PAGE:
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Andre Parker
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byronczimmer wrote:
elbmc1969 wrote:
In a 4 player game, if a player removed Lumos from the marketplace, they would get punched in the face ...


Is that really an appropriate reaction in a card game?

I'd hate to think 'receive broken nose' was a possible consequence of playing this game.



Hermione punched Draco in the face.

Draco kicked Harry in the nose.

It's thoroughly appropriate.
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Sublevel27 wrote:
byronczimmer wrote:
elbmc1969 wrote:
In a 4 player game, if a player removed Lumos from the marketplace, they would get punched in the face ...


Is that really an appropriate reaction in a card game?

I'd hate to think 'receive broken nose' was a possible consequence of playing this game.



Hermione punched Draco in the face.

Draco kicked Harry in the nose.

It's thoroughly appropriate.


Neither of those were players, they were characters.

It is never appropriate to punch someone else in the face due to an action in a board game.

You should be ashamed.
 
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Dale Stephenson
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byronczimmer wrote:
Sublevel27 wrote:
byronczimmer wrote:
elbmc1969 wrote:
In a 4 player game, if a player removed Lumos from the marketplace, they would get punched in the face ...


Is that really an appropriate reaction in a card game?

I'd hate to think 'receive broken nose' was a possible consequence of playing this game.



Hermione punched Draco in the face.

Draco kicked Harry in the nose.

It's thoroughly appropriate.


Neither of those were players, they were characters.

It is never appropriate to punch someone else in the face due to an action in a board game.


Very true. That should be confined to card games.

Quote:
You should be ashamed.


You are either trolling or need your TIC meter checked. I'm sure neither elbmc1969 or Sublevel27 have actually harmed anyone during a HP game, or have had any intention of doing so.

More seriously, a player-option banishment house rule does open a path for a player to ramp up the difficulty by banishing particularly useful cards that are in the market early -- this may not be appreciated by fellow players. Probably not a large problem in practice, though.
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dalestephenson wrote:
Quote:
You should be ashamed.


You are either trolling or need your TIC meter checked. I'm sure neither elbmc1969 or Sublevel27 have actually harmed anyone during a HP game, or have had any intention of doing so.


Calling someone a name rarely gets them to see your perspective better or faster.

Since I don't think you know elbmc1969 or Sublevel27 any better than I do, I have to assume that the lack of visual cues, smiley faces or other indications means that they were serious.

I am advocating that we remove threats of violence from casual conversation in public spaces. I've seen such statements made at game tables and everyone laughed until the person later acted on their words and claimed they weren't at fault "because I told them I'd punch them".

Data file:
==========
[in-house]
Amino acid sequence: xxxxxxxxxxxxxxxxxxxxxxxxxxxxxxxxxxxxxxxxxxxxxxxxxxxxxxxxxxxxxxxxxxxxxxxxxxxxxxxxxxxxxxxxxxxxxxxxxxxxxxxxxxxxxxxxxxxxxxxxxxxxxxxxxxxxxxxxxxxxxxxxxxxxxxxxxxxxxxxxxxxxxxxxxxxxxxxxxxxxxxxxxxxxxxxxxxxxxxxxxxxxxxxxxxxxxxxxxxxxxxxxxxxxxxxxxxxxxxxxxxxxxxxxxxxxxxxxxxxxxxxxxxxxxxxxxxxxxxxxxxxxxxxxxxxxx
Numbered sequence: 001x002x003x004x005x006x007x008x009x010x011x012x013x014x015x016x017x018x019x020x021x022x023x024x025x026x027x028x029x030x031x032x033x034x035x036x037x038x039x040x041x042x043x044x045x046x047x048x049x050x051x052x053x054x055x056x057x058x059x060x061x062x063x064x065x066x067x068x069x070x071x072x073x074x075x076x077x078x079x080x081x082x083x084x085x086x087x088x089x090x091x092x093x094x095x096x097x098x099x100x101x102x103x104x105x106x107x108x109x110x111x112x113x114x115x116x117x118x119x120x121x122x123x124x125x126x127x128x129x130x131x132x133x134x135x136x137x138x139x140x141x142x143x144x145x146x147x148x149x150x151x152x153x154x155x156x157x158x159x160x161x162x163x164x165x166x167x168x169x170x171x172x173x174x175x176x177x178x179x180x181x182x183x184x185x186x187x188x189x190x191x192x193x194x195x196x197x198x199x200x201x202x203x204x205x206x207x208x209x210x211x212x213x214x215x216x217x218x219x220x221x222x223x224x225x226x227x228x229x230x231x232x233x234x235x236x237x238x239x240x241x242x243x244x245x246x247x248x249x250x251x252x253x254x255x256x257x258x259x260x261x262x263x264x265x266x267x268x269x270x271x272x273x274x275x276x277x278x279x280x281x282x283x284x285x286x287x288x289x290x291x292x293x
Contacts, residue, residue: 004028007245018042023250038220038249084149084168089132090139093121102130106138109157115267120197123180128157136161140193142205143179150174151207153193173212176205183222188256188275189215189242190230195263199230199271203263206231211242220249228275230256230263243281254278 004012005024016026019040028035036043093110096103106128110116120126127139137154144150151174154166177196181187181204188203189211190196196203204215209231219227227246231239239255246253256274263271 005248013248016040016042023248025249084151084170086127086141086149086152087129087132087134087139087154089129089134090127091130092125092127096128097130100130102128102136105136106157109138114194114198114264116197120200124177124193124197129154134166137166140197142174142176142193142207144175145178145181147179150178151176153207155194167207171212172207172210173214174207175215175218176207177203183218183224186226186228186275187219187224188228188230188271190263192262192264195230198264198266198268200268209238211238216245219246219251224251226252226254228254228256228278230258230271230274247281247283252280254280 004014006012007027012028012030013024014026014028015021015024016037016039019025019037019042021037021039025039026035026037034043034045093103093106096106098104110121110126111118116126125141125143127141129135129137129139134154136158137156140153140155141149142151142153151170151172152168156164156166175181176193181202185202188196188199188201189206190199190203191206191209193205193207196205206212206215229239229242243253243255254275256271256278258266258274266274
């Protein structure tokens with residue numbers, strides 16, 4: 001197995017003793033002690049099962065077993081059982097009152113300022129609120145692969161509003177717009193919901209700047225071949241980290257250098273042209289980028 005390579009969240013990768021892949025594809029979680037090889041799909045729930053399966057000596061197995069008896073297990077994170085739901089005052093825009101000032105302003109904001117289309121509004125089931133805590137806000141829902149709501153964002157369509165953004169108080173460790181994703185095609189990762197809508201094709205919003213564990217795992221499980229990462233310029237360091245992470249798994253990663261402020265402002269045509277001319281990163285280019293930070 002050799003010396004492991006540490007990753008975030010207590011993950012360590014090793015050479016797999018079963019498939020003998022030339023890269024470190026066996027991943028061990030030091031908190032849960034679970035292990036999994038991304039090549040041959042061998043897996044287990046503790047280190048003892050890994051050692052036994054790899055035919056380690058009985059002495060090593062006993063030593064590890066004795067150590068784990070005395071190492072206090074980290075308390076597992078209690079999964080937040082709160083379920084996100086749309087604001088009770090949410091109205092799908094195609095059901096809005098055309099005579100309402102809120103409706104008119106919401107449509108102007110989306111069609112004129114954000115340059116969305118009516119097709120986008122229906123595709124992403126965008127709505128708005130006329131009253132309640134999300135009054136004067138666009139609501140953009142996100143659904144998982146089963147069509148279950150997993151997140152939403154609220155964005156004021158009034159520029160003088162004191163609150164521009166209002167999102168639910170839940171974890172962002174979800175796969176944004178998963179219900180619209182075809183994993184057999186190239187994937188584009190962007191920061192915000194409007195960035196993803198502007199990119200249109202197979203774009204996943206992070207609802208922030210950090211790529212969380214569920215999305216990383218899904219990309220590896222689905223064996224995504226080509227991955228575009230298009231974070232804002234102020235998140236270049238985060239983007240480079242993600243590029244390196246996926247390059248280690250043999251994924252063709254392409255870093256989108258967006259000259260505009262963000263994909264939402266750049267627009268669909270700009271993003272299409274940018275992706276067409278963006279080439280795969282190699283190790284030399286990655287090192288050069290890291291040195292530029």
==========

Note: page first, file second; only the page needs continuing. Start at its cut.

I've seen players grab another player's fingers and threaten to break them -- and then not let go when the table attempted to make light of the threat. I won't allow that kind of talk at my table and I don't think it should permitted in a public forum either.

Such language encouraging violence really has to be stopped when it first manifests, not when someone gets hurt. If you are not working to stop such casually violent language, you are enabling it.

Both of my posts addressed the threats of violence. Please join me in calling out people when they casually encourage violence and lets make game tables a fun, nonthreatening environment. Thank you.
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Dale Stephenson
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byronczimmer wrote:
dalestephenson wrote:
Quote:
You should be ashamed.


You are either trolling or need your TIC meter checked. I'm sure neither elbmc1969 or Sublevel27 have actually harmed anyone during a HP game, or have had any intention of doing so.


Calling someone a name rarely gets them to see your perspective better or faster.


And telling people they should be ashamed does get them to see your perspective better and faster?

Quote:
Since I don't think you know elbmc1969 or Sublevel27 any better than I do, I have to assume that the lack of visual cues, smiley faces or other indications means that they were serious.


Well, there is the fact that the action to be punished is ludicrously unlikely and the reaction is ludicrously over-the-top. I don't know elbmc1969 at all, but this isn't a situation that's likely to happen anywhere. That's an obvious cue that he's *not* serious.

Sublevel27 merely pointed out (correctly) that violence to the face was found in the source material. You think he didn't realize as well as you did that Harry and Malfoy weren't characters instead of players? You think he didn't know that Draco was a dangerous jerk, not someone who should be emulated? It's not plausible to me that it's meant as a serious argument, and it is plausible to me as a TIC "support" for an imaginary situation. Even in the absence of "visual cues" and "smiley faces", I think it's reasonable to assume that posters are normal people instead of sociopaths until proven otherwise.

Quote:
I am advocating that we remove threats of violence from casual conversation in public spaces. I've seen such statements made at game tables and everyone laughed until the person later acted on their words and claimed they weren't at fault "because I told them I'd punch them".


That would certainly fall under "proven otherwise". You recognize, I hope, that the person who actually committed physical violence is 100% at fault, not the ordinary people who laughed at what *they* thought was a joke. (Though in person, I would normally expect visual and auditory clues to signal quite effectively whether such a statement was jocular or an actual threat.)